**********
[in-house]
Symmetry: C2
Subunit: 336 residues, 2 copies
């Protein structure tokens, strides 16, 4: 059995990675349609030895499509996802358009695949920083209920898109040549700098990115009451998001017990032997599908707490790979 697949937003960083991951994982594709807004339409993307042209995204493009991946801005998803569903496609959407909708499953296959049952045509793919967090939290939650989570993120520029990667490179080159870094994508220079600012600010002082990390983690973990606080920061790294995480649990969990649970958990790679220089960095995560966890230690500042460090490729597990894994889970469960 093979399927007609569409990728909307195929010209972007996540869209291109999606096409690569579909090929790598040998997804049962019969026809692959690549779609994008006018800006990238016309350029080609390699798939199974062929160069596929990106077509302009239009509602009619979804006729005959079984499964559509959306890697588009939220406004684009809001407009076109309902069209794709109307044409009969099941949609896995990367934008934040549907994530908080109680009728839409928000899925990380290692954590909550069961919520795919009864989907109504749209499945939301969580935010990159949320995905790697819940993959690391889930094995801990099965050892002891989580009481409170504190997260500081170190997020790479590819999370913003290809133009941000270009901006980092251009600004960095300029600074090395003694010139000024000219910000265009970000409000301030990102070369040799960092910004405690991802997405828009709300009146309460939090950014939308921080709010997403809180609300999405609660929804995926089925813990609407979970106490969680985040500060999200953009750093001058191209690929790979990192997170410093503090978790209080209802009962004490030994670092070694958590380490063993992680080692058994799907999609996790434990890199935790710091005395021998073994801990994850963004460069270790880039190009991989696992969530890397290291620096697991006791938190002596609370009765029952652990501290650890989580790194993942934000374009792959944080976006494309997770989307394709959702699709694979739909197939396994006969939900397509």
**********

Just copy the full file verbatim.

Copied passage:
[in-house]
Symmetry: C2
Subunit: 336 residues, 2 copies
């Protein structure tokens, strides 16, 4: 059995990675349609030895499509996802358009695949920083209920898109040549700098990115009451998001017990032997599908707490790979 697949937003960083991951994982594709807004339409993307042209995204493009991946801005998803569903496609959407909708499953296959049952045509793919967090939290939650989570993120520029990667490179080159870094994508220079600012600010002082990390983690973990606080920061790294995480649990969990649970958990790679220089960095995560966890230690500042460090490729597990894994889970469960 093979399927007609569409990728909307195929010209972007996540869209291109999606096409690569579909090929790598040998997804049962019969026809692959690549779609994008006018800006990238016309350029080609390699798939199974062929160069596929990106077509302009239009509602009619979804006729005959079984499964559509959306890697588009939220406004684009809001407009076109309902069209794709109307044409009969099941949609896995990367934008934040549907994530908080109680009728839409928000899925990380290692954590909550069961919520795919009864989907109504749209499945939301969580935010990159949320995905790697819940993959690391889930094995801990099965050892002891989580009481409170504190997260500081170190997020790479590819999370913003290809133009941000270009901006980092251009600004960095300029600074090395003694010139000024000219910000265009970000409000301030990102070369040799960092910004405690991802997405828009709300009146309460939090950014939308921080709010997403809180609300999405609660929804995926089925813990609407979970106490969680985040500060999200953009750093001058191209690929790979990192997170410093503090978790209080209802009962004490030994670092070694958590380490063993992680080692058994799907999609996790434990890199935790710091005395021998073994801990994850963004460069270790880039190009991989696992969530890397290291620096697991006791938190002596609370009765029952652990501290650890989580790194993942934000374009792959944080976006494309997770989307394709959702699709694979739909197939396994006969939900397509």